UNMISS welcomes release of hundreds of former child soldiers in Yambio


UNMISS welcomes release of hundreds of former child soldiers in Yambio

More than 300 child soldiers, including 87 girls, were released by armed groups on Wednesday during a ceremony sponsored by the United Nations.

According to UNICEF, the children with relatives in area will be reunited with their families, while others will be placed in interim care centres until their families can be traced.

Distributed by APO Group on behalf of United Nations Mission in South Sudan (UNMISS).

"They will have endured suffering, including sexual abuse".

An additional 389 children remain in the program, still undergoing rehabilitation.

Among the children to be released today is 15-year-old Victor, who was abducted and forced to be an informant for an armed group for more than a year.

Some children as young as 10 years old have been recruited despite global human rights law prohibiting the use of children under 18 in hostilities.

"Our priority for this group - and for children across South Sudan - is to provide the support they need so they are able to see a more promising future".

David Shearer said the challenge ahead is to ensure the young people have the financial, practical, and emotional support they need to undertake training, find jobs, and access the opportunities they deserve to reach their full potential. We will get them the support they require, so that they have a sense of hope again.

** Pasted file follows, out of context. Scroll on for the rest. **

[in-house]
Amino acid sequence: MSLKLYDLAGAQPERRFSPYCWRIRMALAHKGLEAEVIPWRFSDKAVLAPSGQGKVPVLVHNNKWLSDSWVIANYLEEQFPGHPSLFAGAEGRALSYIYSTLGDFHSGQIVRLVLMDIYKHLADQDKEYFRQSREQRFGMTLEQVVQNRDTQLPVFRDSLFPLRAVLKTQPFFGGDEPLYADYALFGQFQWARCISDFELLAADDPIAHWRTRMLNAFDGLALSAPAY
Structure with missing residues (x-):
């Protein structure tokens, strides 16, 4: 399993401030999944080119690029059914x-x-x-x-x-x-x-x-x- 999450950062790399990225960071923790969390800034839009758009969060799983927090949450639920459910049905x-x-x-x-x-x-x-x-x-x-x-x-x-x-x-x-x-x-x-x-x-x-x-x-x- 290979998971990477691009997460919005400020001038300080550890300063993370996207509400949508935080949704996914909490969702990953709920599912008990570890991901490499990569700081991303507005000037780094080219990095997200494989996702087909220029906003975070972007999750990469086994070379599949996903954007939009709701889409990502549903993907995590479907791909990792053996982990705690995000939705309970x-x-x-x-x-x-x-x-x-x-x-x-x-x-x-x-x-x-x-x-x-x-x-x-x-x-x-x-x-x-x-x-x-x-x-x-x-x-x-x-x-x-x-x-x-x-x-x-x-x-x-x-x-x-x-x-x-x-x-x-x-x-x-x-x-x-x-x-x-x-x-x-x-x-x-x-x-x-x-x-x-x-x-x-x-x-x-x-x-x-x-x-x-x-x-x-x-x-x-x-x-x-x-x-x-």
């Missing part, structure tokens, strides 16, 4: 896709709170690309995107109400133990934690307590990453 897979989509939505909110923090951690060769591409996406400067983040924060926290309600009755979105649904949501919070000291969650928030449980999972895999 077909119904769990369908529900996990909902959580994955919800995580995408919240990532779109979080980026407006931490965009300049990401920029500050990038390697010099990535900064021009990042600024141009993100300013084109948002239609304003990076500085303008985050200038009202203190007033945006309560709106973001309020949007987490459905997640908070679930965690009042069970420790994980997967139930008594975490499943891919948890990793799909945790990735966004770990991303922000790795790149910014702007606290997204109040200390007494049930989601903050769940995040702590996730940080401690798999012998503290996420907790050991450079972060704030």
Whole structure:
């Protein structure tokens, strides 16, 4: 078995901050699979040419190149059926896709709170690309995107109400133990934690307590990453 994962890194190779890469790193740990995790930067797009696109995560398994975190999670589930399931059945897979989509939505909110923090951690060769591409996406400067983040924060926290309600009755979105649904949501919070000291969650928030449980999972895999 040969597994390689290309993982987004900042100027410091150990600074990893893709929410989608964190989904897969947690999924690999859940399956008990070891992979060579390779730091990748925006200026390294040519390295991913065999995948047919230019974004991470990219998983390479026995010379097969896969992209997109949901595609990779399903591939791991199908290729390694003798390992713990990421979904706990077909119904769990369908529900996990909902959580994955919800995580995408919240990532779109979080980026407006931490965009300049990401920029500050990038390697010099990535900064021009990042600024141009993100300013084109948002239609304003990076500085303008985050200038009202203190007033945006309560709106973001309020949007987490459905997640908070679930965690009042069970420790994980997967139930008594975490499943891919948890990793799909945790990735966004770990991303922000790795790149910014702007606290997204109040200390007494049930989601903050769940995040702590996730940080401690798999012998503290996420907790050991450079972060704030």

Negotiations to release the children have been carried out by Unicef, state and local authorities, and local groups. They will later undergo medical screening and psychological counseling.

The children were rescued from the Yambio region, the epicenter of fighting in the South Sudanese Civil War that has raged since late 2013, leading to tens of thousands of casualties and over 3.6 million people displaced.

Since the conflict began, 17,000 child soldiers have been conscripted into the conflict, UNICEF reported in March 2017.

Head of UNICEF programmes in South Sudan Mahimbo Mdoe, one of the agencies that helps the children's reintegration prgramme, said not all children were forcibly recruited.

A boy leads other Somali Islamist militia as they patrol the streets of Somalia's capital Mogadishu, August 19, 2009. UNMISS is also progressing other projects to release child soldiers over the coming months in Morobo, Bentiu, and in Pibor where 315 have been verified and registered so far.



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